Hey everyone!

We hope you’re getting settled into your fall routines and schedules now that the third week of school is here.  Since we’re now both teaching in part-time contracts we’ve found ourselves digging out those “go to” games and activities to keep students occupied either in our own classes or while TOCing.

Here are a few quick and easy drama games you can play with grades of ANY level/subject if you need to fill a few spare minutes.  *Note: most of these games are gleaned from Karley’s B.Ed first year drama course, taught by the hilarious and brilliant Phil Duchene.  Those who know him adore him, and those who don’t know him should!

Gotcha: Everyone stands in a circle with their left palm open and facing upward, while placing their right pointer finger in the palm of the person to their right. The teacher calls “Gotcha!” and players have to close their left hand over another person’s finger while pulling away their own finger on the right.  This game sounds tricky, but is actually very simple and fun (no materials required). Note: I often reverse the direction of the upward facing palm/pointer finger to switch up the sides of the brain used.  It’s pretty funny to watch students struggle with the change in direction.

Evo: Many students already know this game, but might know different stages/names for the game.  There are four stages of evolution: Egg, Chicken, T-Rex, and Super Human.  The stages look like this:

The chicken stage is supposed to have moving chicken arms, hence the little movement/line marks.
The chicken stage is supposed to have moving chicken arms, hence the little movement/line marks.

Everyone starts out as an egg (making the egg shape with their arms above their heads) and wanders around playing rock/paper/scissors with other eggs (ie. anyone, since it’s the start of the game).  After students play rock/paper/scissors with an egg-friend, the winner moves up to “chicken status” and the loser stays an egg.  As students win rock/paper/scissor games they move up a status and as they lose games they move down a status.  No one can go beyond the super human status or below the egg status.  Note: students may only play rock/paper/scissors with other people who are at their evolutionary stage.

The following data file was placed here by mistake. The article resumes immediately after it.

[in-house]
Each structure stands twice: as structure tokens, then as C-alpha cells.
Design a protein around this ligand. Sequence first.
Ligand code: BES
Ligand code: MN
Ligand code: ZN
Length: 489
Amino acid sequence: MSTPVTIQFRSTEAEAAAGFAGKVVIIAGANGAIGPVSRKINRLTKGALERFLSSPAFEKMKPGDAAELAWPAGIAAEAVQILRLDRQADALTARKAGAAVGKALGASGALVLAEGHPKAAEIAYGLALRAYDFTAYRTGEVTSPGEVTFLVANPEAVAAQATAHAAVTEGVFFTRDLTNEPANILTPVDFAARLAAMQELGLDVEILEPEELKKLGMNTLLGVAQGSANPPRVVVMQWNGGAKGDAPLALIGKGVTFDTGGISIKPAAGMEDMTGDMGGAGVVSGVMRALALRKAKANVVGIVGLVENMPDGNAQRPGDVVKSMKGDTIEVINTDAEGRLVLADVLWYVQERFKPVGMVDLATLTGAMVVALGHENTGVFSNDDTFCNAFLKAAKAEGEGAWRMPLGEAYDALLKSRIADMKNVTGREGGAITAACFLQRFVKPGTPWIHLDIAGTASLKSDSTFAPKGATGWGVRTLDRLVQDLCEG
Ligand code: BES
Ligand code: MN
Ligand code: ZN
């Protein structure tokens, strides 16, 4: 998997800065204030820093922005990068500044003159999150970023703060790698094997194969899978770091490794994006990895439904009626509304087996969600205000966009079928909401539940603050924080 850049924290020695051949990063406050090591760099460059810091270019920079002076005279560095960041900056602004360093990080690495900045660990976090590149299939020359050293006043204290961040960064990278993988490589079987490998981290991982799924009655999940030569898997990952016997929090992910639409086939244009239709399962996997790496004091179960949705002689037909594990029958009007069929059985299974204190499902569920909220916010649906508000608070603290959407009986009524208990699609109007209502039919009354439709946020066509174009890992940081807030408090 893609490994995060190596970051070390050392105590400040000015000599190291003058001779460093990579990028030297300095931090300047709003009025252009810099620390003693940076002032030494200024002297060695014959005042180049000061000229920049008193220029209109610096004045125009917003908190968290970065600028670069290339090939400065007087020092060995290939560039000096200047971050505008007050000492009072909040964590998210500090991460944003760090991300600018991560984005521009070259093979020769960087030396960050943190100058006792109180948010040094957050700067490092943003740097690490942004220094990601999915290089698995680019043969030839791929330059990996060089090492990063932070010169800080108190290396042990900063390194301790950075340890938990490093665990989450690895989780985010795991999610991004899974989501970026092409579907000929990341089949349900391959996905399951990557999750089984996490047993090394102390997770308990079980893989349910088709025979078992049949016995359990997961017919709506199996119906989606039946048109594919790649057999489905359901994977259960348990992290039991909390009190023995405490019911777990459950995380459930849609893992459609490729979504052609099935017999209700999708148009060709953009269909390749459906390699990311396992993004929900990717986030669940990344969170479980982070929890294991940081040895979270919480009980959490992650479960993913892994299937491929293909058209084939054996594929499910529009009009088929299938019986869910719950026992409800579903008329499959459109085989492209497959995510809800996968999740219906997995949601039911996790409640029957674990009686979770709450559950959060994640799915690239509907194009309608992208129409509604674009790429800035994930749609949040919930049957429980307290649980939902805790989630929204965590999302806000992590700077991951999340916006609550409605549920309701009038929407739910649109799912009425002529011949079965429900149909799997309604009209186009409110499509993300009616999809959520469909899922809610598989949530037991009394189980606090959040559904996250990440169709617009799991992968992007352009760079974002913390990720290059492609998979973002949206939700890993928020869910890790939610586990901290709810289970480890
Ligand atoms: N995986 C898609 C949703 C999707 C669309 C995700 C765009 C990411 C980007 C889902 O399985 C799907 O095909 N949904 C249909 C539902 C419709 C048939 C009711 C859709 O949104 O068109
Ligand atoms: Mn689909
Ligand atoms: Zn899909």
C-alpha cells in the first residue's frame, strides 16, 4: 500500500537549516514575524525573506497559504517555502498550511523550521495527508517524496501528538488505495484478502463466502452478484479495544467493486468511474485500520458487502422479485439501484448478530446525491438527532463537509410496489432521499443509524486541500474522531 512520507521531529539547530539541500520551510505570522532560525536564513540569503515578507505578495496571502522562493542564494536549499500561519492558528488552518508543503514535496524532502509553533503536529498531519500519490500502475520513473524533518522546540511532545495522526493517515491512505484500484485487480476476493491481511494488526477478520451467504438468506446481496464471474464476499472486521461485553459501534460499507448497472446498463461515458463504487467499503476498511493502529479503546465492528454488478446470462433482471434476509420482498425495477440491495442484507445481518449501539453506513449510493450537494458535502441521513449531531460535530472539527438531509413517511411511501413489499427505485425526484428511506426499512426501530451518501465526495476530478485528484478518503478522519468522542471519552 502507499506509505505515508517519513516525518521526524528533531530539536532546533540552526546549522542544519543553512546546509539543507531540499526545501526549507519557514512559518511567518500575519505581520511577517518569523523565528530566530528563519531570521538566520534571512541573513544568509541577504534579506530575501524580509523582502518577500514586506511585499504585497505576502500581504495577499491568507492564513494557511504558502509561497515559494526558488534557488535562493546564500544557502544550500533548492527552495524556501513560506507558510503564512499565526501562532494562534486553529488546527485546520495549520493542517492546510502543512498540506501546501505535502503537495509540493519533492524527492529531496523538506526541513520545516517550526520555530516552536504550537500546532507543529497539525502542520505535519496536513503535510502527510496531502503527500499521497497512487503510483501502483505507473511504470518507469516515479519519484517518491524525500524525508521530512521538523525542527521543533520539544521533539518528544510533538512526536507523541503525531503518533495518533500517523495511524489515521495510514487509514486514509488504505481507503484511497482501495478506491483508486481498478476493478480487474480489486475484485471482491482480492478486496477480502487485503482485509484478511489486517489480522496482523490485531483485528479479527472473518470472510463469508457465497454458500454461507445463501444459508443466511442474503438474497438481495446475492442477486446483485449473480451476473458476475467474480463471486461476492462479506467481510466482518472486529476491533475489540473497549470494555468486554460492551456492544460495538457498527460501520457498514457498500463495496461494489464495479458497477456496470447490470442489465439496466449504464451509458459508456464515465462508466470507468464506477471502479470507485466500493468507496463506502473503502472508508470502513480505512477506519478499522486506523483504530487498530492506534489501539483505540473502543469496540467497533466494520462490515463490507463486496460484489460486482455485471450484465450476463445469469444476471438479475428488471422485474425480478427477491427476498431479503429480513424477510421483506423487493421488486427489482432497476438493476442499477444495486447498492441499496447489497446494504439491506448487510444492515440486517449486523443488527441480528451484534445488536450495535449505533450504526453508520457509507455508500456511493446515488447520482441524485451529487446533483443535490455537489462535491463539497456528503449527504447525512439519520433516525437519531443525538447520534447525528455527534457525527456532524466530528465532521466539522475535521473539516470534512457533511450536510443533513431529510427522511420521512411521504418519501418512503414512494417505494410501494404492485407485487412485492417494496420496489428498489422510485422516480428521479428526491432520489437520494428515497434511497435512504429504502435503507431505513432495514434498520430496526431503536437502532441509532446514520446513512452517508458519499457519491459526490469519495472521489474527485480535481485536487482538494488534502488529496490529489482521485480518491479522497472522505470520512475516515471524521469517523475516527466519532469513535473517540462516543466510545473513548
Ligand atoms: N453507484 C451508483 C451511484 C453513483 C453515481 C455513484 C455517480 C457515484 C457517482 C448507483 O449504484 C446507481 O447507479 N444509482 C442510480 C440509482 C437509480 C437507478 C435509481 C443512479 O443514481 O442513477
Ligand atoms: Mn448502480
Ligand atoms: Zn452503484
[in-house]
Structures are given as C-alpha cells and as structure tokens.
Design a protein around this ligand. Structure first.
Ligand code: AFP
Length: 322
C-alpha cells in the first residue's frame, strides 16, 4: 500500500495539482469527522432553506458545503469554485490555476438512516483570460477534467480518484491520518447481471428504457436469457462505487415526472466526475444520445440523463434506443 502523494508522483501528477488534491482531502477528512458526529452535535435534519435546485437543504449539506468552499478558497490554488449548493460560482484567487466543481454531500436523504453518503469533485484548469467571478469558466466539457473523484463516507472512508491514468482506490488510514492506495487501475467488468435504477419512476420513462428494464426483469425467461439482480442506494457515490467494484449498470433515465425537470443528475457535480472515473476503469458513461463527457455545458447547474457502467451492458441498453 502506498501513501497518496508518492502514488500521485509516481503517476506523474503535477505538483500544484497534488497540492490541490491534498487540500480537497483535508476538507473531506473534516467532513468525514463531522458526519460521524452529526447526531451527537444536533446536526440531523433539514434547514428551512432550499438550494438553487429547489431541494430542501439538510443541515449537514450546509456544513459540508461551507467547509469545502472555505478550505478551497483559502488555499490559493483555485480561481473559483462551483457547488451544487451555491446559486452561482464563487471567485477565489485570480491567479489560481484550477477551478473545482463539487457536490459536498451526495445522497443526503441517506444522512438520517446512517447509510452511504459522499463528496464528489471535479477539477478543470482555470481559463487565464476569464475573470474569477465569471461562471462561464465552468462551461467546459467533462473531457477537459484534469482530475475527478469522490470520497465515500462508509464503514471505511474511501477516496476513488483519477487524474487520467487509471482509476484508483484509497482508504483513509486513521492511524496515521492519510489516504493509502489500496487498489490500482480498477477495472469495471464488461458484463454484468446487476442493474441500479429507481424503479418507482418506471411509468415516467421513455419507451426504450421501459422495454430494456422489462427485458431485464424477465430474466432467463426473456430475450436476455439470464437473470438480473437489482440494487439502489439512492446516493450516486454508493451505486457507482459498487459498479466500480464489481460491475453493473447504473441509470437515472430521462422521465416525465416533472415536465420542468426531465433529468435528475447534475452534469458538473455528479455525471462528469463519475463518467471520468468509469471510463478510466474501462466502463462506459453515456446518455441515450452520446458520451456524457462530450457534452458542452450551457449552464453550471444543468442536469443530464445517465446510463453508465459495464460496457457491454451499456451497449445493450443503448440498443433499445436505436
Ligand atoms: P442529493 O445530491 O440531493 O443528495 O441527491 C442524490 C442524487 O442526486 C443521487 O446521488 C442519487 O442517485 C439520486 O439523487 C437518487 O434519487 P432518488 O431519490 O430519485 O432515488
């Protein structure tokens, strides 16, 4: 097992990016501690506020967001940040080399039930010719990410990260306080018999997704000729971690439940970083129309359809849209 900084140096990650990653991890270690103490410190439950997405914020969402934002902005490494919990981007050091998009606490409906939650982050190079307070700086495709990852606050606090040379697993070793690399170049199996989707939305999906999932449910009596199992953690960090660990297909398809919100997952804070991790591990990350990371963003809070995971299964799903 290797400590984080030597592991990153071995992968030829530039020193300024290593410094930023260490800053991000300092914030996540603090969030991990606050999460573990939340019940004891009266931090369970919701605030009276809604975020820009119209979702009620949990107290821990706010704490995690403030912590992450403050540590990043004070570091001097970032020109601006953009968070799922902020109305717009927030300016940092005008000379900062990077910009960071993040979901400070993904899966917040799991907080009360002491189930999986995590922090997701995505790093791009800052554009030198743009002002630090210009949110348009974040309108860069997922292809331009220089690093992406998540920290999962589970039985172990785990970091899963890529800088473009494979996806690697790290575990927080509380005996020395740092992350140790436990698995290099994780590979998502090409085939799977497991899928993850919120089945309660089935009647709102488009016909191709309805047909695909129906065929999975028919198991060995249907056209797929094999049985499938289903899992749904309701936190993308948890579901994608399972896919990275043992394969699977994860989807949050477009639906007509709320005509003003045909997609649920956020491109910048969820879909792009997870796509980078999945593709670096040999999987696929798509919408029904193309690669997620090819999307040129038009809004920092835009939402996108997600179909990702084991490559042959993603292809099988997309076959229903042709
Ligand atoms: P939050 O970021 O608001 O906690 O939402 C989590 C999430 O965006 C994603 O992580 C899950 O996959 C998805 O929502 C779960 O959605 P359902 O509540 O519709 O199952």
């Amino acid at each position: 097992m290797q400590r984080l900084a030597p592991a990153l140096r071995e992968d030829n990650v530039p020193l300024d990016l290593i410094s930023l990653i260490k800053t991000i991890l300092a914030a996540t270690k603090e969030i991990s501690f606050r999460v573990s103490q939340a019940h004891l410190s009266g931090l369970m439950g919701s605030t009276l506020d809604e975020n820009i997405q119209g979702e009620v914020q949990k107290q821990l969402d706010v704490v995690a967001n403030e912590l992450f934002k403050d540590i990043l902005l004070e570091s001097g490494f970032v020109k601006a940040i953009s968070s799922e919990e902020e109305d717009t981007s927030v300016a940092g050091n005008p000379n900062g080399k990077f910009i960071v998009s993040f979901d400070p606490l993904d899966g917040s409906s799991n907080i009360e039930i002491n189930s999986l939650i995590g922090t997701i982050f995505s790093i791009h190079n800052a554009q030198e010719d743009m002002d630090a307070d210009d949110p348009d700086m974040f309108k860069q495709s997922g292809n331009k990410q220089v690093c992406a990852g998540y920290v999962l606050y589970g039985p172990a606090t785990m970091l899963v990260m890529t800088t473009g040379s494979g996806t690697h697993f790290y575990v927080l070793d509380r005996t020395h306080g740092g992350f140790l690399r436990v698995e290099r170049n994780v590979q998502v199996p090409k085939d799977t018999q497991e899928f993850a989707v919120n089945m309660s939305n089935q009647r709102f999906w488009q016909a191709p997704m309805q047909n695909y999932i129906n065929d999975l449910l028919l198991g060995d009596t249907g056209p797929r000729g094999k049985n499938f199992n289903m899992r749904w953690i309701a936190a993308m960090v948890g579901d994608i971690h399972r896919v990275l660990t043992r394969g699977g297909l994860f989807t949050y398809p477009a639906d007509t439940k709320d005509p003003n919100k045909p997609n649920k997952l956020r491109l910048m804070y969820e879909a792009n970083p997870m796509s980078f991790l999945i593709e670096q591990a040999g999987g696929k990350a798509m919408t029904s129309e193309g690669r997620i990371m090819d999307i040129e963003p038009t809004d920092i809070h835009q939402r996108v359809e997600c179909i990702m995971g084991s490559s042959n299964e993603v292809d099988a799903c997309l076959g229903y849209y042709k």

Find Your Herd: This game is best played in a studio space or a gym where students can walk around with their eyes closed and still be safe.  This game is also hilarious from a teacher’s point of view!  Have students spread out, sit down and close their eyes.  Assign students an animal by walking around and whispering an animal in their ear (I usually use four different animals for this game, e.g. cow, chicken, tiger, fish).  Announce: “Find you herd!” and have students get up and move about (or crawl about) with their eyes closed making their animal sound repetitively.  For example, a fish might crawl or walk around saying “glub, glub, glub”.  Once students find other “animals” in their herd via sense of sound they should stay by their fellow herd mates while continuing to make their sound.  The point of the game is to see if all students (animals) can find one another simply by making the same sound.

The Giving Vein: This game is one of my all time favourites to play with students who are really into drama.  This game has students sitting in a circle on the floor with one chair reserved in the circle for The King (or Queen) and an empty space reserved to the left of The King’s chair for The Minion.  The teacher chooses a student to play The King and that student gets to sit in the chair to receive his/her guests.  The peasants (the rest of the class) thinks of items they could offer The King and raise their hands when they have an idea.  The King chooses which peasant he wants to interact with and that peasant approaches The King and bows deeply (this is a must!) while saying, “Oh – my King! I offer you _________________”.  (The peasant states the offered item, e.g. seasons tickets to the Vancouver Canucks, or any other awesome gift the current King might enjoy).  The King decides whether or not he approves of the offered item.  If The King likes the item, he replies, “Yes! It pleases us!” and the peasant may sit in The Minion’s space on the floor beside The King.  If The King disapproves of the offered item he says, “Bah – it does not please us! Be gone!” and the peasant has to go back to his/her original seat.  I usually let each King/Queen have three or four turns accepting/declining offers from peasants.  If The King accepts an offering from a Minion, he may accept an offering from another Minion, at which time the second Minion replaces the first (the first rejoins the circle of peasants).  This game is all about knowing/getting to know one’s classmates better through ridiculous gift offerings.  It’s also about having fun and laughing together and really embracing the drama of it all.  I constantly played this game with my grade 6s a few years back and they all loved it so much…they couldn’t get enough.  Note: Sometimes the gift offerings can get somewhat out of control, for example: “Oh my King, I offer you a million billion zillion dollars and all the gold in the world!”  Eventually I had to make a rule that monetary offerings were no longer allowed – ha!

Enjoy! Please let us know of any surefire, rock star games you use as “go to” activities with your students, we love adding to our repertoire!

Karley